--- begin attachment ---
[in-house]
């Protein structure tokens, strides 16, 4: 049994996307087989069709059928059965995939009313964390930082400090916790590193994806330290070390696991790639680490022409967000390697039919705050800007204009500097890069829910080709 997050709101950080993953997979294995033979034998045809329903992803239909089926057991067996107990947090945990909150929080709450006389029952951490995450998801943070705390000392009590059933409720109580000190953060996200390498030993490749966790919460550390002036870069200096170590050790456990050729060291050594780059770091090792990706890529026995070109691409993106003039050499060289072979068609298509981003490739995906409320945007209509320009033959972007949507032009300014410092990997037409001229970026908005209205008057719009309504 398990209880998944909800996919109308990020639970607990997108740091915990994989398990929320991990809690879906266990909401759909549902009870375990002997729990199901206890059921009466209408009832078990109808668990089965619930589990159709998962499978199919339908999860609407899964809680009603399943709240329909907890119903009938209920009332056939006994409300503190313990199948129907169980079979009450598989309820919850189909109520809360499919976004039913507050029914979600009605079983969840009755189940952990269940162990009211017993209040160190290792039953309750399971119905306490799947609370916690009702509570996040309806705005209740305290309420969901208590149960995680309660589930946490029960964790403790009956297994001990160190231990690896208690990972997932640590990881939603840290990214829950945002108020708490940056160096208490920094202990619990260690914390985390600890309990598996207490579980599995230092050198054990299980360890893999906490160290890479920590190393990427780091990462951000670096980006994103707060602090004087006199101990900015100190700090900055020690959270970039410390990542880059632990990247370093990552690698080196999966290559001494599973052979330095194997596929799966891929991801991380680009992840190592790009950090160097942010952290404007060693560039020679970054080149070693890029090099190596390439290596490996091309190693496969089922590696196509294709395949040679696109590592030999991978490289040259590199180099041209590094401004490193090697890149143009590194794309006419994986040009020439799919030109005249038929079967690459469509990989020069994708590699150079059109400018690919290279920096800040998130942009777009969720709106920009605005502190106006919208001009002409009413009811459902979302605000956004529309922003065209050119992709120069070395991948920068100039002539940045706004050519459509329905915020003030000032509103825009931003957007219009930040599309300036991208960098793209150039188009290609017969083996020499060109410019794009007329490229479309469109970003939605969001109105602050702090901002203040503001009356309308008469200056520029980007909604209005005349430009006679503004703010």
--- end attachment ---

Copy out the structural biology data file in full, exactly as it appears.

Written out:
[in-house]
């Protein structure tokens, strides 16, 4: 049994996307087989069709059928059965995939009313964390930082400090916790590193994806330290070390696991790639680490022409967000390697039919705050800007204009500097890069829910080709 997050709101950080993953997979294995033979034998045809329903992803239909089926057991067996107990947090945990909150929080709450006389029952951490995450998801943070705390000392009590059933409720109580000190953060996200390498030993490749966790919460550390002036870069200096170590050790456990050729060291050594780059770091090792990706890529026995070109691409993106003039050499060289072979068609298509981003490739995906409320945007209509320009033959972007949507032009300014410092990997037409001229970026908005209205008057719009309504 398990209880998944909800996919109308990020639970607990997108740091915990994989398990929320991990809690879906266990909401759909549902009870375990002997729990199901206890059921009466209408009832078990109808668990089965619930589990159709998962499978199919339908999860609407899964809680009603399943709240329909907890119903009938209920009332056939006994409300503190313990199948129907169980079979009450598989309820919850189909109520809360499919976004039913507050029914979600009605079983969840009755189940952990269940162990009211017993209040160190290792039953309750399971119905306490799947609370916690009702509570996040309806705005209740305290309420969901208590149960995680309660589930946490029960964790403790009956297994001990160190231990690896208690990972997932640590990881939603840290990214829950945002108020708490940056160096208490920094202990619990260690914390985390600890309990598996207490579980599995230092050198054990299980360890893999906490160290890479920590190393990427780091990462951000670096980006994103707060602090004087006199101990900015100190700090900055020690959270970039410390990542880059632990990247370093990552690698080196999966290559001494599973052979330095194997596929799966891929991801991380680009992840190592790009950090160097942010952290404007060693560039020679970054080149070693890029090099190596390439290596490996091309190693496969089922590696196509294709395949040679696109590592030999991978490289040259590199180099041209590094401004490193090697890149143009590194794309006419994986040009020439799919030109005249038929079967690459469509990989020069994708590699150079059109400018690919290279920096800040998130942009777009969720709106920009605005502190106006919208001009002409009413009811459902979302605000956004529309922003065209050119992709120069070395991948920068100039002539940045706004050519459509329905915020003030000032509103825009931003957007219009930040599309300036991208960098793209150039188009290609017969083996020499060109410019794009007329490229479309469109970003939605969001109105602050702090901002203040503001009356309308008469200056520029980007909604209005005349430009006679503004703010």